Taking an Active Role in Treatment For Mental Illness

This entry is about speaking up for yourself and taking an active role in the course of treatment for mental illness. I will be discussing how to ask your doctor questions about individual treatment plans.

In working with a psych doctor, you need to be completely honest. This is not optional if you want your treatment to work. Your doctor may know the human brain very well, but he/she cannot read minds. You need to tell your doctor you your bad days and the details of the worst of what is going on with you. Especially if you are feeling good on the days you go in for your
checkups.

Early in the course of my treatment, I made the mistake of telling the doctor I was doing well simply because I was feeling good on the days that I was seeing him. At the time I didn’t realize that felt good on those days because I was seeing him. I believed rightly so that he would give me new insights into how to go about my treatment routines.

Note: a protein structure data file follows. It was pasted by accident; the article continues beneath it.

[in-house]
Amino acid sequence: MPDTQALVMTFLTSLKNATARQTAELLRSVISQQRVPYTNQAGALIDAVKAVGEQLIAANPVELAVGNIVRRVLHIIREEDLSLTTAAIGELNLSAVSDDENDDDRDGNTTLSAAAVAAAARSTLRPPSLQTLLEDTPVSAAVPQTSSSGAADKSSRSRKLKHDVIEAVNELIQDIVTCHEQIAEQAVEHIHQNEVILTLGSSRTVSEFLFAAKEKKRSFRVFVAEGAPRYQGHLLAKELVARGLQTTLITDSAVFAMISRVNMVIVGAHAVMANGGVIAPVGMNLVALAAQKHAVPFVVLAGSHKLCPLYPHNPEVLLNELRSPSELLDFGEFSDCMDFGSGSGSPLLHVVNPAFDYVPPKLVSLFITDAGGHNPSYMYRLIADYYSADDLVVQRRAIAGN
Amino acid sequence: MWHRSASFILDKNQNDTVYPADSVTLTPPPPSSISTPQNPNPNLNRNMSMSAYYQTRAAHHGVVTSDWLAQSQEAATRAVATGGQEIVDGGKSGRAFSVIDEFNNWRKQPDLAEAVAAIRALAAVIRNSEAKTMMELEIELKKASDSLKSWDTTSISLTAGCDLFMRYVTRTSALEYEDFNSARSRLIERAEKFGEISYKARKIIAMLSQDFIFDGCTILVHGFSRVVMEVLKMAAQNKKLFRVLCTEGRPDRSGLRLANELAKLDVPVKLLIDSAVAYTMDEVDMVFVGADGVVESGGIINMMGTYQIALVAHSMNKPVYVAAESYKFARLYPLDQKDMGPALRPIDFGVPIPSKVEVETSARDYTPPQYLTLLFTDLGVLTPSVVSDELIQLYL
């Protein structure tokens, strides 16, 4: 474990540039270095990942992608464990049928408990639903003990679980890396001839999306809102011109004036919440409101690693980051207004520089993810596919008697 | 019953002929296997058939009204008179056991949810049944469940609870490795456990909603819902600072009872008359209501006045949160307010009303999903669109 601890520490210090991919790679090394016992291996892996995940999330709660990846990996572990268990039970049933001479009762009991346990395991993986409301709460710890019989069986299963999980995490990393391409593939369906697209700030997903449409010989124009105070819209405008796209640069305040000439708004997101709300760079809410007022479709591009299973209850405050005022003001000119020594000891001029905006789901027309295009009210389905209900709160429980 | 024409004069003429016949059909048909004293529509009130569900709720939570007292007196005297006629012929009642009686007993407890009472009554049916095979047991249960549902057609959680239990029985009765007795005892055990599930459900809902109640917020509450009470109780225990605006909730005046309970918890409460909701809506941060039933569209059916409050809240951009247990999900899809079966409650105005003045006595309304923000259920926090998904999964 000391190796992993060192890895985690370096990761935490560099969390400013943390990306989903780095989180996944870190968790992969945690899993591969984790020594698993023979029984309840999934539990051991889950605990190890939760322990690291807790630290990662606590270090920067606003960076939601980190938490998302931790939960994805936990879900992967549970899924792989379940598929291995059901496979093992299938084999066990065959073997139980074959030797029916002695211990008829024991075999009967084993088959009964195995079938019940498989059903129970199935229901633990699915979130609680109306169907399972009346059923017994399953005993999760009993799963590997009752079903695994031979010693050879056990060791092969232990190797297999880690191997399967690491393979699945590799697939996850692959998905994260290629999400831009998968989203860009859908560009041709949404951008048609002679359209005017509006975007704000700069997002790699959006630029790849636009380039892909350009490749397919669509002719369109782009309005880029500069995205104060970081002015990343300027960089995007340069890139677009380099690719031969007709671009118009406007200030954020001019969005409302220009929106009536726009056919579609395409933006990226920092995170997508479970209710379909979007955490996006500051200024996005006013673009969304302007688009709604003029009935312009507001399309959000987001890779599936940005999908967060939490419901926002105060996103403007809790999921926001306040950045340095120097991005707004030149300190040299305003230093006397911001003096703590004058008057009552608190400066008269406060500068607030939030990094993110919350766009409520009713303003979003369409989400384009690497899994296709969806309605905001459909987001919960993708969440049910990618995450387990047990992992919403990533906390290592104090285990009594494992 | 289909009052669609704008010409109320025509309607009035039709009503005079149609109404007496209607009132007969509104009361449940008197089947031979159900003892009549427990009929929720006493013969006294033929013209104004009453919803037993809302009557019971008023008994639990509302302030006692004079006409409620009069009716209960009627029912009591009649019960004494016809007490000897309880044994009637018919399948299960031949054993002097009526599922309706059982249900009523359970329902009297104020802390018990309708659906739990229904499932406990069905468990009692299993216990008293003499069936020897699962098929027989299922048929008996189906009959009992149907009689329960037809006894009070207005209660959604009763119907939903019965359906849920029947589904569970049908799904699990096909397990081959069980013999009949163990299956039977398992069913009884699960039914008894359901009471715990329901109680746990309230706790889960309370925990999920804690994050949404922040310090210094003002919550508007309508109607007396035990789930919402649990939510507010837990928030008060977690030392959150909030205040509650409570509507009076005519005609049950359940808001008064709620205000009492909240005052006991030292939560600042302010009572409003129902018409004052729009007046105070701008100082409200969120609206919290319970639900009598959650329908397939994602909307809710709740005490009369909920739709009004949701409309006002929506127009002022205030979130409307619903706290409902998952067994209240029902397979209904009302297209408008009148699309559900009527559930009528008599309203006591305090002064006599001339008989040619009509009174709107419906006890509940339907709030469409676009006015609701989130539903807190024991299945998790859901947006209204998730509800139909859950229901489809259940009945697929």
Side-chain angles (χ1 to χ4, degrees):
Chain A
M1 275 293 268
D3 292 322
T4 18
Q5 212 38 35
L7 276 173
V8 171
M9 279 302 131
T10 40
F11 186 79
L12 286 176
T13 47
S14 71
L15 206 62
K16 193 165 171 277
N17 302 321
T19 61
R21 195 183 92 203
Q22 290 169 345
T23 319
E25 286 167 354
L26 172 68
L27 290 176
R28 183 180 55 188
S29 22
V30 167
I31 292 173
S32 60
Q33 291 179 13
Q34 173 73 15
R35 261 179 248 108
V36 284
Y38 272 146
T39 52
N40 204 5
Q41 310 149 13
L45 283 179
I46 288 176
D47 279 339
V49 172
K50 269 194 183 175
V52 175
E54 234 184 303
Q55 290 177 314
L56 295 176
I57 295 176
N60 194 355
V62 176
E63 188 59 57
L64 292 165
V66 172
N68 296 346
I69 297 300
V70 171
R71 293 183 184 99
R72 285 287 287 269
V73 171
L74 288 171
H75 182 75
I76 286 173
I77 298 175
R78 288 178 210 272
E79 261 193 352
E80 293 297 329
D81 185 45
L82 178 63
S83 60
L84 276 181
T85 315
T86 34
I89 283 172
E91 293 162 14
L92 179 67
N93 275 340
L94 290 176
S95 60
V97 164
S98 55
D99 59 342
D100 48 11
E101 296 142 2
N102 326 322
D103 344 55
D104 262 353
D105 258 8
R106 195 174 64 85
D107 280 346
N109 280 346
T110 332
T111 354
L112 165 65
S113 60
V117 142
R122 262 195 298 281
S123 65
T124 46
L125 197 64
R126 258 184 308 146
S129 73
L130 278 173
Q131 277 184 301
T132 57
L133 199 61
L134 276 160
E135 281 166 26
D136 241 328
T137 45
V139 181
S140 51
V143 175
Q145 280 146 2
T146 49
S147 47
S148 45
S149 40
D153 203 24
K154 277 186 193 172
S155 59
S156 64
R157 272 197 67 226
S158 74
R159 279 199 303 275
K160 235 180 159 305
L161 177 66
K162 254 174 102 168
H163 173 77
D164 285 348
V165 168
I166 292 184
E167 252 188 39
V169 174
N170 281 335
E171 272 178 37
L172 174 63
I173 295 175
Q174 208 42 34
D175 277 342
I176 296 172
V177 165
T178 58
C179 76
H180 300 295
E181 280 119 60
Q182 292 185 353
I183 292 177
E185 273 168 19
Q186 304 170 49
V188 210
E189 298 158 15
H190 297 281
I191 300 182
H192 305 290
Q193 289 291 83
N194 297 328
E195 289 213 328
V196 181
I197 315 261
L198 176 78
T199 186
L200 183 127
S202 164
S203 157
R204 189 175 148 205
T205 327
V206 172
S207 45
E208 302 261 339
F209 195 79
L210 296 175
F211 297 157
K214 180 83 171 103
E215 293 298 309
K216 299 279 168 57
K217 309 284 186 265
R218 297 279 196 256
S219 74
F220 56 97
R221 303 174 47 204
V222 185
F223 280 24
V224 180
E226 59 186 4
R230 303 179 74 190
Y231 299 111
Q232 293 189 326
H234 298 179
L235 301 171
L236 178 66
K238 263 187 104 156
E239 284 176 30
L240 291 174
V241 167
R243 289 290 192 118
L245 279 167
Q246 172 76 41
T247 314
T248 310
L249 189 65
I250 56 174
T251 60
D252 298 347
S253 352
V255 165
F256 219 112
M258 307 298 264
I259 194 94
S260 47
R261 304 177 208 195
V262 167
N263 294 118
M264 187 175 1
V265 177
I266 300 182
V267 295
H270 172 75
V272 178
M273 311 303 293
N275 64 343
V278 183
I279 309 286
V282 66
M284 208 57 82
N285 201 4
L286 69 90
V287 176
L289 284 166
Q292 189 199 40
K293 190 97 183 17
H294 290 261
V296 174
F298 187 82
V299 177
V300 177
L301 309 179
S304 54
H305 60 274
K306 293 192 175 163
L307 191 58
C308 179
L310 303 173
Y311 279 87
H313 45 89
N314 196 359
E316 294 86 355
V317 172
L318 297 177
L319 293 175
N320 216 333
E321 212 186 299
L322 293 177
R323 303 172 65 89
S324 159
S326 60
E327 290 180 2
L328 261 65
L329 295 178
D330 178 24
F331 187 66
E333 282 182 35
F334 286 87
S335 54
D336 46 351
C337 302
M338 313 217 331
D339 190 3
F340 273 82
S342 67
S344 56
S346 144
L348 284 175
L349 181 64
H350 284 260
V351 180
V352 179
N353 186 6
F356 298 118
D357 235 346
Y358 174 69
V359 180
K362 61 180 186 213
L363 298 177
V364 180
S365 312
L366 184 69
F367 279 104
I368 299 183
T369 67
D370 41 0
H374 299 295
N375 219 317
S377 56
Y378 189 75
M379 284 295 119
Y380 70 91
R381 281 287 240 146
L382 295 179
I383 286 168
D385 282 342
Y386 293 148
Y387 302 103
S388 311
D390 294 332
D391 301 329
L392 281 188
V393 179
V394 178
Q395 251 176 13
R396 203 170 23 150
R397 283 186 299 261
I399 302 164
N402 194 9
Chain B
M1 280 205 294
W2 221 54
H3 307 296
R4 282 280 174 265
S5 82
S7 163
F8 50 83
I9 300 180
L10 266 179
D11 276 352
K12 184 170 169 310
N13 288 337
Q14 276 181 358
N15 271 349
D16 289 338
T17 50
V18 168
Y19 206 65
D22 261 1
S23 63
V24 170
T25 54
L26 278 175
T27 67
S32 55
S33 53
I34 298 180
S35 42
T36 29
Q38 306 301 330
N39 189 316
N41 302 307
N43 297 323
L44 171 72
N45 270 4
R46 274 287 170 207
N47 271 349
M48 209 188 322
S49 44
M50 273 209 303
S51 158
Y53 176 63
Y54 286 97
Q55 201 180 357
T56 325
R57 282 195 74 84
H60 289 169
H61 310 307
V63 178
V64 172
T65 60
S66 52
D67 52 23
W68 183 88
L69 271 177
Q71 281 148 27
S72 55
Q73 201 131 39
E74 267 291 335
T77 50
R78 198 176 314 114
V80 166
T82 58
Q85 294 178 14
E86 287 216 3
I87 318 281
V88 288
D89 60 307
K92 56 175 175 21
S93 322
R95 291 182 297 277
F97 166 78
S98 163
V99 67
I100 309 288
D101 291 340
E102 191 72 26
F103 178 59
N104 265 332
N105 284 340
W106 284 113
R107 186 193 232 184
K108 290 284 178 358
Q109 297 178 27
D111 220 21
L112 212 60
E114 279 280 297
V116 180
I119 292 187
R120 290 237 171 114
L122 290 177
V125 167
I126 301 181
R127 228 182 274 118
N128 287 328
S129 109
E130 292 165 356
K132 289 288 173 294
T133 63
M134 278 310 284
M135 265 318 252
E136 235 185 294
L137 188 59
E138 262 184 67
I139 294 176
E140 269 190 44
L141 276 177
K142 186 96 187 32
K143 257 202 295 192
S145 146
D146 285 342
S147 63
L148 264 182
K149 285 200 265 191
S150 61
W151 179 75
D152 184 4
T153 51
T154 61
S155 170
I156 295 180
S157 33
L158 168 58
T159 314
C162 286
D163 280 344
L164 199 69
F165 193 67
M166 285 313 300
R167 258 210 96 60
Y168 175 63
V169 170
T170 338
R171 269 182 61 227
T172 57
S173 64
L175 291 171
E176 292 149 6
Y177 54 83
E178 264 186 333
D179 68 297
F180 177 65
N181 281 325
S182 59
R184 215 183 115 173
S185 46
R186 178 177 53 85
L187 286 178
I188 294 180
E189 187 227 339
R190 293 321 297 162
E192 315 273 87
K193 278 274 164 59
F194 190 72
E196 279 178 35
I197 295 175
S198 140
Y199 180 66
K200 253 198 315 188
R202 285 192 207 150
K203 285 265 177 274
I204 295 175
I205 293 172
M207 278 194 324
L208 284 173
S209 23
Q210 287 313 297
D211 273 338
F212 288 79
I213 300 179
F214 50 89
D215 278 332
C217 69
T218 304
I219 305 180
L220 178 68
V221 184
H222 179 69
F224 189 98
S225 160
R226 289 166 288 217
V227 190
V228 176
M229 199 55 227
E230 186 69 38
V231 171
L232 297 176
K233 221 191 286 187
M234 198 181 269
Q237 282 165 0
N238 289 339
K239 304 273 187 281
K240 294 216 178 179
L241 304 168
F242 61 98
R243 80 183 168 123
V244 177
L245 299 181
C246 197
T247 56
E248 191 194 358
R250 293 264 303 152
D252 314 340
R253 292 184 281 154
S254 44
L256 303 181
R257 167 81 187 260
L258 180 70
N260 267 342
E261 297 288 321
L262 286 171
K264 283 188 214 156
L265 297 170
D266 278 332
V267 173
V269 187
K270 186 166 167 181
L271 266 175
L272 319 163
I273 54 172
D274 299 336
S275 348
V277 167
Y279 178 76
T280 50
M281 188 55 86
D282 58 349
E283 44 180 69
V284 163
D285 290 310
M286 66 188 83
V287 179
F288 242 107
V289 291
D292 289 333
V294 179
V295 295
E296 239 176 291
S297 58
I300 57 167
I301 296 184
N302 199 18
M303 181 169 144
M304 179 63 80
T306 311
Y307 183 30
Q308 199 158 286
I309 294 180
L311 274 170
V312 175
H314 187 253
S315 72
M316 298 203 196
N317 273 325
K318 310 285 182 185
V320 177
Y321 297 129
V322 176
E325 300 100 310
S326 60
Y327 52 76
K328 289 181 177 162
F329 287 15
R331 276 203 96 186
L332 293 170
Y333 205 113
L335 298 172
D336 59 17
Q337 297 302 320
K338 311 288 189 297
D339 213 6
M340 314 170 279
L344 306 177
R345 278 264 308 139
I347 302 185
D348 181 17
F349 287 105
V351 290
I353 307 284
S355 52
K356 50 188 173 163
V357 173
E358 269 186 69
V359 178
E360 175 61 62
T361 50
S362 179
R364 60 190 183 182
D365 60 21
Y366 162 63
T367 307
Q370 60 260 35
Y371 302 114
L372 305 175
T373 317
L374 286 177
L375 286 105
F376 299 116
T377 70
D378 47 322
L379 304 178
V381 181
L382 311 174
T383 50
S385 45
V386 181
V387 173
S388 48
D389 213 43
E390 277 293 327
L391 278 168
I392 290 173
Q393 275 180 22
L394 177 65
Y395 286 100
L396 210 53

But I was making the mistake of not telling him about my really bad times. For the first two years we were stumbling in the dark as to what worked and what didn’t simply because I glossed over the bad aspects of my illness.

To make up for this I started making notes and keeping journals on how I was feeling from day to day. I was amazed, and I still am, at the amount of changes I can go through during the course of a month or so. I discuss what I learn from these notes with my psych doctor at all of my checkups. I recommend keeping notes and day-to-day journals for all mental illness patients to keep track of your mood swings and emotions. You’ll be amazed.